Middle School Fundraising Ideas
Our middle school fundraising ideas offer more
How do you get more students to participate in middle school fundraisers? Offer a product that’s easy to sell and then add a great incentive plan.
Better prizes for middle school students. Learn how our programs inspire more middle school students to reach their sales goal.
Makes collecting donations simple for middle schools. Supporters donate $1 to $5.
Salty pretzel rods dipped in milk chocolate. Individually-packaged to preserve freshness.
Keep middle school fundraising simple. Give students one large brochure.
Every middle school student can relate to snack food. So give them some tasty items to sell.
Made with 100% beef, high in protein, and low in sugar. The perfect middle school snack.
Suggested Prize Programs
Give your middle schoolers a choice. Win cash or cookie dough for selling brochure items.
Let your sellers hand-pick their prizes. Locker has over 40 to choose from.
Stop offering cheap prizes. Give your middle school students a new and exciting incentive.
Fundraising Ideas for Middle Schools
Middle school is the perfect opportunity for parents and teachers to get students more involved in the fundraising process. From the ages of 11 to 14, middle schoolers gain a stronger sense of independence, and they are likely to engage more with the social good their fundraisers can achieve. Don’t underestimate them - let their wings soar (with supervision, of course)! Start by identifying a need and setting a goal with them. Then, empower them to sell and succeed.
Fundraiser Product Options
Our quick snack options are perfect for middle school fundraisers. Variety pretzel rods, beef sticks, and caramel popcorn are all individually wrapped and virtually mess free. Encourage selling these at bus stops or after school in the loading zone. Kids are the hungriest at the end of the day when it’s still somewhere in-between lunch and dinnertime, especially if they’ve started staying for extracurricular activities in middle school.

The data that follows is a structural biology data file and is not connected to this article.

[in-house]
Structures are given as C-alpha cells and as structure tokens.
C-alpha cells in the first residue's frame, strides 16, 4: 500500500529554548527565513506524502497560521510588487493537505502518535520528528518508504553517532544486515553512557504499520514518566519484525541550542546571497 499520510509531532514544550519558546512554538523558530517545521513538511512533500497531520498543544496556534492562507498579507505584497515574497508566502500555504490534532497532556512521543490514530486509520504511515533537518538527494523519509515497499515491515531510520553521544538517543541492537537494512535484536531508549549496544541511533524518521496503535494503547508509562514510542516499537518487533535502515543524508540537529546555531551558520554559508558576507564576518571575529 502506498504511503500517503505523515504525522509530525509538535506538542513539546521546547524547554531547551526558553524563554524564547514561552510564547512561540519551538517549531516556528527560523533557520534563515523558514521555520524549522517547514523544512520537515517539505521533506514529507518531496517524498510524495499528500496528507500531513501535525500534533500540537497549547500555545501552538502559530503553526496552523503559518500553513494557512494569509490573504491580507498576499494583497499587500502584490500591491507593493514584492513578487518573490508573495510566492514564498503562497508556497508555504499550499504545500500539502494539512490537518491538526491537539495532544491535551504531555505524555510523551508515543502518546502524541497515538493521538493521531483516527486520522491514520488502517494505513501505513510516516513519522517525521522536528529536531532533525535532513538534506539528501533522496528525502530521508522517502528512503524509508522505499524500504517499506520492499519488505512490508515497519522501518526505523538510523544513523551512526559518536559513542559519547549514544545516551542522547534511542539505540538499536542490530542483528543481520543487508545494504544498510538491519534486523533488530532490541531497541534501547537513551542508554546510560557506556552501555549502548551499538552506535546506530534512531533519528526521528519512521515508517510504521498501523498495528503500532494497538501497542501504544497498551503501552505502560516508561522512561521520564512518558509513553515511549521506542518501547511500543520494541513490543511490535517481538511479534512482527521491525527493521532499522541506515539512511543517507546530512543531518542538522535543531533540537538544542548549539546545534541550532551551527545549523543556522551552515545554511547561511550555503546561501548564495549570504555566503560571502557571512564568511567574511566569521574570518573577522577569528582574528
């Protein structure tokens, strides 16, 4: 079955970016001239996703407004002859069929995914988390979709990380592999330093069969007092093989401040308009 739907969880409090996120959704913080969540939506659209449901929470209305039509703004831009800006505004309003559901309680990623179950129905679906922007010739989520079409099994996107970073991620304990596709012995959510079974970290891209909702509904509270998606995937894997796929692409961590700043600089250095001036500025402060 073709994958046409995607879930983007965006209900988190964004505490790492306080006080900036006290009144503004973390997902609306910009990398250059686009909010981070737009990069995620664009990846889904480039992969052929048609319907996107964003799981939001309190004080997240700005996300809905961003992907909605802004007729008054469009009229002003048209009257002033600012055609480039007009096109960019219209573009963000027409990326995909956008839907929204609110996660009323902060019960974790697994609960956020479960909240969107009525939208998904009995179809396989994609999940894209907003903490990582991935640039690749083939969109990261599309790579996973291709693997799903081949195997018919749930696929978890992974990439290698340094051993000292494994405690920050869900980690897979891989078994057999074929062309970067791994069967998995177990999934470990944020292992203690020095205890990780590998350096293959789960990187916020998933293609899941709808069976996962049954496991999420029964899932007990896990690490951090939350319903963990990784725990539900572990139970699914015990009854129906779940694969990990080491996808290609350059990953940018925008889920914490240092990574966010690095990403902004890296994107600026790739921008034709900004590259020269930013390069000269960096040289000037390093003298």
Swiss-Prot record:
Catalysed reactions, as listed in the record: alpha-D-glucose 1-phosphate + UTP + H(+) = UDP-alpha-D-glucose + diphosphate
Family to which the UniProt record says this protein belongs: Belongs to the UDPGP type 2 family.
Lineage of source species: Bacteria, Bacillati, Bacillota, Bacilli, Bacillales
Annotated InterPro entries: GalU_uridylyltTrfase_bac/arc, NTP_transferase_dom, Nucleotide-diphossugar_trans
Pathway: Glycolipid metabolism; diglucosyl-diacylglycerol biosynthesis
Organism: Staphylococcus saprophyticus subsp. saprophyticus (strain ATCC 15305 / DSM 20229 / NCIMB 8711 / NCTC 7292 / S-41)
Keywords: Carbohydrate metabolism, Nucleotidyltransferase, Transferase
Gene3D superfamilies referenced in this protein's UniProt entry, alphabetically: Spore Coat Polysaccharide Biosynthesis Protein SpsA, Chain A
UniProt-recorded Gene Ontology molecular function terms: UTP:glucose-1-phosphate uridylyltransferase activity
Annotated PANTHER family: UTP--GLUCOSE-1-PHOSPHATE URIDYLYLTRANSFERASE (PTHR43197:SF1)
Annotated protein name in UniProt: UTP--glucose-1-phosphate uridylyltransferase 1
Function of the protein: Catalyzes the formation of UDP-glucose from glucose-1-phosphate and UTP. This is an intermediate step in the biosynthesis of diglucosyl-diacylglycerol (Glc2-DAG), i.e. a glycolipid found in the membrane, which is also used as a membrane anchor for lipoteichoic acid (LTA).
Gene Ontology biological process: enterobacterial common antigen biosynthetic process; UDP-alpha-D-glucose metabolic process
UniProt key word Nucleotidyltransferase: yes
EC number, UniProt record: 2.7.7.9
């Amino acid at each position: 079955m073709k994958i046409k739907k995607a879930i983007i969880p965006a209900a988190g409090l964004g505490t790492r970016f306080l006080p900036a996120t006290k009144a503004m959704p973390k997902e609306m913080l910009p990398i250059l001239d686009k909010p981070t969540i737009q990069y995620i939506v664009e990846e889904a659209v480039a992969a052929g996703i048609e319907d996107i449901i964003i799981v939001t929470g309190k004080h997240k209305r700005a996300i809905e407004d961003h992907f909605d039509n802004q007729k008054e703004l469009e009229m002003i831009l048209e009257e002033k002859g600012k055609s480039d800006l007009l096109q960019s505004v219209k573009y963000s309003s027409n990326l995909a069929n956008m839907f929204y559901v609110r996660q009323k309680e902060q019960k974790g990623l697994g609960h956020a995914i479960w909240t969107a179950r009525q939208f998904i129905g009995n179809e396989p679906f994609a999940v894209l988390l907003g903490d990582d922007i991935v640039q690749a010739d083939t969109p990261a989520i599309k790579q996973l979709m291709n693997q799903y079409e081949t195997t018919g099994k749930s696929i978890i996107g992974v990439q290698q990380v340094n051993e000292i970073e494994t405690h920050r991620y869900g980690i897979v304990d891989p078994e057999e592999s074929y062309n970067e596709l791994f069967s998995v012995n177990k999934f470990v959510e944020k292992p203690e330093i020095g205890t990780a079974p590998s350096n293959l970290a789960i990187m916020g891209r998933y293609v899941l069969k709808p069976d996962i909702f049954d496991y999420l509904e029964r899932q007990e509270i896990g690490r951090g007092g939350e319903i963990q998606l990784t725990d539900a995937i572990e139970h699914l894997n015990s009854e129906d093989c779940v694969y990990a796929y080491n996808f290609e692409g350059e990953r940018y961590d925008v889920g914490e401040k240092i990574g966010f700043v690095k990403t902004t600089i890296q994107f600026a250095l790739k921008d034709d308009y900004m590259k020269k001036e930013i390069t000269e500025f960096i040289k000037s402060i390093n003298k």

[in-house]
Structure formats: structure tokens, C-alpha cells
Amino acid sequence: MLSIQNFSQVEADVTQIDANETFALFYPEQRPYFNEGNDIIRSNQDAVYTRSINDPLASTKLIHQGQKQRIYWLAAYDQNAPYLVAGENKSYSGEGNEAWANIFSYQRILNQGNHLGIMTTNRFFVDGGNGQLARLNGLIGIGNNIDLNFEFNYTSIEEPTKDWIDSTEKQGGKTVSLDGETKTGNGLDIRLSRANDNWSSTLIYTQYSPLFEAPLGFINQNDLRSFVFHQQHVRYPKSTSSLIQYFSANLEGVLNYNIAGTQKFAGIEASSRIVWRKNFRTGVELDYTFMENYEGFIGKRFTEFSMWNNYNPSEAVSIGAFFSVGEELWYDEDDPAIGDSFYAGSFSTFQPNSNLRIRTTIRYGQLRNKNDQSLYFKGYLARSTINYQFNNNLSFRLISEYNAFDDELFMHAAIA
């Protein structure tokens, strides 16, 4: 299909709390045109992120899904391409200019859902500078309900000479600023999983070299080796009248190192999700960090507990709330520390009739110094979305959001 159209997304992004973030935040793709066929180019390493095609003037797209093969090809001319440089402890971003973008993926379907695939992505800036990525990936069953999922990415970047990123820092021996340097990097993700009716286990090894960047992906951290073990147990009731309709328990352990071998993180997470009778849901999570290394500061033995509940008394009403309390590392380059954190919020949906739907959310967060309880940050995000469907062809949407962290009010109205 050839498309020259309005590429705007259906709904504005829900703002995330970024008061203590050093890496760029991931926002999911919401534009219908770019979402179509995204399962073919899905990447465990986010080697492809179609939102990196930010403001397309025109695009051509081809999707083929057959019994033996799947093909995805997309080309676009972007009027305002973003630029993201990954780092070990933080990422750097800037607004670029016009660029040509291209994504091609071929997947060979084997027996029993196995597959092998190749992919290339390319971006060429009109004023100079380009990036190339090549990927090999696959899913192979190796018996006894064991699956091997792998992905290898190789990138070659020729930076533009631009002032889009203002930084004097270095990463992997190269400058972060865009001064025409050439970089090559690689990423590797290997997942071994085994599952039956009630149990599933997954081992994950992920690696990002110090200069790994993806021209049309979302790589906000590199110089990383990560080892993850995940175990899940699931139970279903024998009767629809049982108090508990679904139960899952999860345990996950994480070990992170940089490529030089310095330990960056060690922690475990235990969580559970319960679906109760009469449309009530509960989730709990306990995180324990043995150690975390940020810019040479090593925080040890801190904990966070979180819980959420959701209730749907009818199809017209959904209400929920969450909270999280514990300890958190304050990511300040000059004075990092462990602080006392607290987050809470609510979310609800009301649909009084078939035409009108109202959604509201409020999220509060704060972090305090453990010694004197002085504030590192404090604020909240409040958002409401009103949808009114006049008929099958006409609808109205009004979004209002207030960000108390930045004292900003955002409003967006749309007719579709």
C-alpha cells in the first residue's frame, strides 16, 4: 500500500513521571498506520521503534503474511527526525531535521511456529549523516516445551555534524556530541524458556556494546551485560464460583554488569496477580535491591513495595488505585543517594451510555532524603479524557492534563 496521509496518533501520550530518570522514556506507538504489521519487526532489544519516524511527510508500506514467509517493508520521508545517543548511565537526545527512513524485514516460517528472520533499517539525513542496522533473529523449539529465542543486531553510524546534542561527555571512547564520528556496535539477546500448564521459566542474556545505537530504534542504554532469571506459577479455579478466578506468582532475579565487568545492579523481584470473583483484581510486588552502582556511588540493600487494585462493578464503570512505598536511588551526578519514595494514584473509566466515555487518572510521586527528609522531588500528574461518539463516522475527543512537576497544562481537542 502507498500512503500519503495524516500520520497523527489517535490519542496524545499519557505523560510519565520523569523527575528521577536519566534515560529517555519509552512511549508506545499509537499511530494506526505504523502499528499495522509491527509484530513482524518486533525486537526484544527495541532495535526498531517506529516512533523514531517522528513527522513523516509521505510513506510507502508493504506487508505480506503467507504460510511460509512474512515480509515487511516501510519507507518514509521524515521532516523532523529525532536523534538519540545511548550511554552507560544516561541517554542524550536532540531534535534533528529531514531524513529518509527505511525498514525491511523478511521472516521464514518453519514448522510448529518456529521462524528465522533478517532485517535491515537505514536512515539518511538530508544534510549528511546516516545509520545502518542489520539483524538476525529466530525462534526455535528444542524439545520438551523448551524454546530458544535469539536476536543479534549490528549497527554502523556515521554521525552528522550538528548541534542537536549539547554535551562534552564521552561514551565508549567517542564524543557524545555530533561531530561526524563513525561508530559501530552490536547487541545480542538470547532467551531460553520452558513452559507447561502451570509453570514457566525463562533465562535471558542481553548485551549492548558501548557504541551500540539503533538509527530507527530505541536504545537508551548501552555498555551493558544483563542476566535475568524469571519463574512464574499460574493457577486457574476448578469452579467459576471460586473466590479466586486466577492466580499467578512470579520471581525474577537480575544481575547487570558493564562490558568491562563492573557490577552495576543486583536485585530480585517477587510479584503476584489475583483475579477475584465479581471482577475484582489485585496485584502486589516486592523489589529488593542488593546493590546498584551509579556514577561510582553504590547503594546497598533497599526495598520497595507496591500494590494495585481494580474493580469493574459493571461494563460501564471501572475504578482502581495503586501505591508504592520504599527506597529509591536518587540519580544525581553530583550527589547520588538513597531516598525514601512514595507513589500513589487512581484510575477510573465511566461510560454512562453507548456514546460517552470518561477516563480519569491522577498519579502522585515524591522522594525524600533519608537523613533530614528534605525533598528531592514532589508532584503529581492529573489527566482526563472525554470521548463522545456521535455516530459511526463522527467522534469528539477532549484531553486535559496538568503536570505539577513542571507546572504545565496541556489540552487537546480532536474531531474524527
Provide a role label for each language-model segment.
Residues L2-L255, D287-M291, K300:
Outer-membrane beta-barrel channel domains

If your child rides the bus, suggest selling it on their bus before they set off for the afternoon! Salty & sweet is a famous and beloved combo, and students are likely to buy multiple items when the price is low and accessible. Aim for a price point that works with an average middle school student’s weekly allowance. Learn how to teach middle school students about financial responsibility
Want a healthier middle school fundraiser? Our snack brochure is another quick option, but offers more health conscious options. This one might sell best with the parents who forget to pack a snack frequently, or teachers who want nutritious energy throughout the day. From cashew mixes to sweet banana chips, there’s something for everyone in this package.
As mentioned above, middle school students can tackle fundraisers with more options and varying price points with ease. You can confidently select a brochure fundraiser for middle school students, and we recommend one with a wide variety of items, like the Gift Collection brochure. Designed for convenient holiday shopping and full of items like monogrammed aprons, a lemon or lime wedger, and even a stuffed-burger press, students will be able to offer everyone something they’ll love.
Middle School Prize Programs
You can bet that middle schoolers get competitive, and we’ve taken that into consideration in offer you a variety of appealing prize programs. Our Locker Full of Prizes offers incentives like a gumball machine or camera-enabled remote-control drone. The more items students sell, the more options they have for prizes. The prizes come at no additional cost to the middle school fundraiser sponsor and start at just 3 items sold!
A fun idea is to create a chart for your middle schoolers to help them track their goal: create mini-goals for every prize level leading up to their grand goal and help them see just what they can accomplish with some hard work. Make sure to go over the prize chart with them and get them excited for their fundraiser. It’s a great opportunity to develop skills and responsibility while helping your school or group meet an important goal.
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- It was a wonderful experience, organized, meticulous, and they were always in contact.Carrie GuffyChoral DirectorDesoto Middle School